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1962 Cuban Missile Crisis

Updated on July 12, 2011

1962 CUBAN MISSILE CRISIS

In the fall of 1962 the country was abuzz with talk of impending world destruction as Cuba began constructing missile bases and acquiring a massive nuclear arsenal. President John F. Kennedy had not been in office long and already the fate of the free world rested upon his shoulders.

I vividly recall this critical period in history because I was living in Gulfport, MS at the time. The Gulf of Mexico and ocean beaches were less than a football fields’ distance from my house. I was 11 years old and my siblings and I frequently walked the short distance to the sandy beaches to swim when the weather was warm enough.

My Dad was stationed at Keesler Air Force Base in Biloxi not far away. Our house sat right next to a set of rail road tracks and I recollect the large number of trains that began thundering by our house and shaking windows. Normally, the rail road conducted very little traffic there. But now, there was almost a continuous line of trains coming by. The trains were long and all carrying military jeeps, tanks, trucks, bull dozers and other combat equipment. My siblings and I watched in awe as we witnessed our country’s military might rumbling past our front windows and waved at soldiers on the flat cars.

As tensions grew I don’t know why public schools were kept open. Maybe they thought if there was a nuclear attack it wouldn’t matter where we were anyway.



THE WORLD HELD ITS' BREATH

Thus, the day of the standoff I was in school. Teachers and faculty tried hard to act as if it was “business as usual” but weren’t having much success. They were giving us the useless emergency drill of what to do in case of a nuclear attack. Basically, it amounted to, getting under your desk, bending over, and kissing your butt goodbye.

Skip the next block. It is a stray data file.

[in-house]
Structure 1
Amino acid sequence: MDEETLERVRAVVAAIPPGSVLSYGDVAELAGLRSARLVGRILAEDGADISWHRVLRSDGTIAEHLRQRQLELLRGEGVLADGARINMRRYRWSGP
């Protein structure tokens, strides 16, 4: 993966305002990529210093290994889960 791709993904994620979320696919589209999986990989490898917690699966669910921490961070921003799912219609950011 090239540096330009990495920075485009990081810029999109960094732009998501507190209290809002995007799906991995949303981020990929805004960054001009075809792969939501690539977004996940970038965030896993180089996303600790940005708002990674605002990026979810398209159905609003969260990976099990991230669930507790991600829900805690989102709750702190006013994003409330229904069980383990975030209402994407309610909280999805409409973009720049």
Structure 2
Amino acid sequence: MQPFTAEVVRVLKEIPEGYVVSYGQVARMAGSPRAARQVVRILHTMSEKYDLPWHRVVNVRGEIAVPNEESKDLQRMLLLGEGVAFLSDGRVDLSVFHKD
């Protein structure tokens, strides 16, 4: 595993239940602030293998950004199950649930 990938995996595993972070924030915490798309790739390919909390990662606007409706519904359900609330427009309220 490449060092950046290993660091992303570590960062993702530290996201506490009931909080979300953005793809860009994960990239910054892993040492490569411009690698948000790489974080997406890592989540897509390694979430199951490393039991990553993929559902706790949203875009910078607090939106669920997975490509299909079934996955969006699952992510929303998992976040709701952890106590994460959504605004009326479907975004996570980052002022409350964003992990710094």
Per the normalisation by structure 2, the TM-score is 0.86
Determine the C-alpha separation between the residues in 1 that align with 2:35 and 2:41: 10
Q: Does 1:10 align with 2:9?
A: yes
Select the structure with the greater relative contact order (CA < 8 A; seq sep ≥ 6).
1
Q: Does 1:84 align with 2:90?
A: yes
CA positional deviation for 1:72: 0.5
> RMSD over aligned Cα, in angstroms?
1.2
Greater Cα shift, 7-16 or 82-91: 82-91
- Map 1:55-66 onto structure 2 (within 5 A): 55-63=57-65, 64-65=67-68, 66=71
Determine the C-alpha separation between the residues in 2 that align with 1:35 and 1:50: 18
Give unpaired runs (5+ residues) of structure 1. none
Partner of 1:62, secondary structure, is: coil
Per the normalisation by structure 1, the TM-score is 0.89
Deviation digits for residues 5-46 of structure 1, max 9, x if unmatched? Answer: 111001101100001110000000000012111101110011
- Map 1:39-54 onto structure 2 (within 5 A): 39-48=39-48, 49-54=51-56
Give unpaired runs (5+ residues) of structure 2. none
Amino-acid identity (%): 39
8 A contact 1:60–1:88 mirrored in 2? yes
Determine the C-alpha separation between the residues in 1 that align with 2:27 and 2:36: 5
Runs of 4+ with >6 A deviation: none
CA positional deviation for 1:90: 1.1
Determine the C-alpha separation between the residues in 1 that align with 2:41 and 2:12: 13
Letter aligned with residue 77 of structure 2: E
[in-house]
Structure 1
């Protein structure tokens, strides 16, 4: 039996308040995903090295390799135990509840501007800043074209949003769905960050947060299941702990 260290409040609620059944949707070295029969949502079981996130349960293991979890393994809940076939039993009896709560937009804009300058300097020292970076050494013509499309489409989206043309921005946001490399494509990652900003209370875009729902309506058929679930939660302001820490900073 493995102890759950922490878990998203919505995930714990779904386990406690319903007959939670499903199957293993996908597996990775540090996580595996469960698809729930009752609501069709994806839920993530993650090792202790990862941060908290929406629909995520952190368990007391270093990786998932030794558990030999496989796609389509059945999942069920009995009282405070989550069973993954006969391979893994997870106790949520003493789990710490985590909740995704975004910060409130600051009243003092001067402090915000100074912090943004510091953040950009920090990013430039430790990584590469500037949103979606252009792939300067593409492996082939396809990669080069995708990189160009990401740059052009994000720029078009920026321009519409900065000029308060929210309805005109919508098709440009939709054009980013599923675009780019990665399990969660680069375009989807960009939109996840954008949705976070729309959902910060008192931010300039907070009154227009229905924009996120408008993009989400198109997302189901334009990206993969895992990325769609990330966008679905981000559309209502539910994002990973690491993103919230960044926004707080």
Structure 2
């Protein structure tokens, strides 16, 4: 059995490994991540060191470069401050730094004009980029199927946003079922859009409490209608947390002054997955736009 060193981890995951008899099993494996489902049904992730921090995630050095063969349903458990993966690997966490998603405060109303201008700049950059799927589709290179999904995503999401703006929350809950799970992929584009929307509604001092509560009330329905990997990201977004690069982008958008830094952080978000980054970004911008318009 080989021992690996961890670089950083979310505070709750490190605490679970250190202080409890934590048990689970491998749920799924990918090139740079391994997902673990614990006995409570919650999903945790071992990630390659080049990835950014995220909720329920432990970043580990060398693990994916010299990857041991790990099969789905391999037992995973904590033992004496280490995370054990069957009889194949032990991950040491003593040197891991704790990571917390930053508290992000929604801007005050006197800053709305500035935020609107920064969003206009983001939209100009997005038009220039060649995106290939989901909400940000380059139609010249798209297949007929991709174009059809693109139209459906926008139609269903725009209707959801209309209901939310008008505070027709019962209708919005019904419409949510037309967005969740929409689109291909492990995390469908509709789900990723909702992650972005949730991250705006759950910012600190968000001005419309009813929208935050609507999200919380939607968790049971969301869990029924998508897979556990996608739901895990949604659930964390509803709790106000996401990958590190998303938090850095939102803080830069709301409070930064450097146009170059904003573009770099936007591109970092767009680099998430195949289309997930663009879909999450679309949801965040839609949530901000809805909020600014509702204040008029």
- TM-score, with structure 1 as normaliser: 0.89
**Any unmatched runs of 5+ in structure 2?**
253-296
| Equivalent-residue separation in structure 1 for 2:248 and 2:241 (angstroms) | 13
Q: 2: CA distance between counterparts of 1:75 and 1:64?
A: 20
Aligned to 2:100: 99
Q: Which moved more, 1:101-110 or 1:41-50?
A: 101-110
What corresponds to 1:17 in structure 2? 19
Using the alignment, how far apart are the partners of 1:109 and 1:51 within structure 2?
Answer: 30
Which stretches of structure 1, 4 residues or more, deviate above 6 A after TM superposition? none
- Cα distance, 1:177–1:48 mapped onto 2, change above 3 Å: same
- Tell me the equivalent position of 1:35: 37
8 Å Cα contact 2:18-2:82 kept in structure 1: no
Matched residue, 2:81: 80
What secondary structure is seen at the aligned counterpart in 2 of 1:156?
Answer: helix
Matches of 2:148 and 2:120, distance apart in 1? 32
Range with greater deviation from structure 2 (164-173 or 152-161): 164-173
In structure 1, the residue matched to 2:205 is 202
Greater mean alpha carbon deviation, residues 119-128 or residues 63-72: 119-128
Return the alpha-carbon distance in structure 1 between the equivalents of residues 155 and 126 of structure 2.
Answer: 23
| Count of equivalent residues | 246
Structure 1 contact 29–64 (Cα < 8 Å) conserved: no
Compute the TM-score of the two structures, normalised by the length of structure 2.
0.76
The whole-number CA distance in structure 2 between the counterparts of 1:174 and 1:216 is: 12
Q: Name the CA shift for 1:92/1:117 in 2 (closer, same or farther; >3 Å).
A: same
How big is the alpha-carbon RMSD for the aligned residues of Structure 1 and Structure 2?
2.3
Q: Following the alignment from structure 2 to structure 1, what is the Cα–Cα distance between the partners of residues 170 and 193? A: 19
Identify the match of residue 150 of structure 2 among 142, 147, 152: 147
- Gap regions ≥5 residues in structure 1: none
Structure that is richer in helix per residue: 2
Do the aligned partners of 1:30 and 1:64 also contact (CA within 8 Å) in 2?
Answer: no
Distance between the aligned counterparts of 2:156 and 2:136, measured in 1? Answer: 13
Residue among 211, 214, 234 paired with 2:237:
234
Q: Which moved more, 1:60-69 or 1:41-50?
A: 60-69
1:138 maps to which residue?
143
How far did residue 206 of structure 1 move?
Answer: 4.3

It was hard for them to pretend nothing was wrong. You could see the worry etched into their faces. On top of that, we could actually see the grey colored U.S. war ships out in the gulf from our classroom windows. Some were so close, if you looked hard enough you could see men standing on the decks. Some were further out. But at any rate there were lots of them. Military jets and bombers also occasionally flew over so low one could read the planes’ designated numbers and see the pilots. It was a frightening experience to say the least.

So, the world held its’ collective breath and waited to see if Cuba would ignore President Kennedy’s ultimatum and attack. The world was just seconds away from nuclear annihilation.

Fortunately, the enemy realized the United States was not bluffing and would be signing their own death warrants. They began a withdrawal.

I wonder what would happen today if President Obama faced a similar scenario.  Or aren't we actually facing the same thing today?  Would he apologize for our country having the gall to defend ourselves? Aren’t we actually looking at a few violent countries today who claim will shortly have nuclear strike capabilities? And aren’t they also declaring their intent to destroy us with them?

What, if anything, will our president.do?

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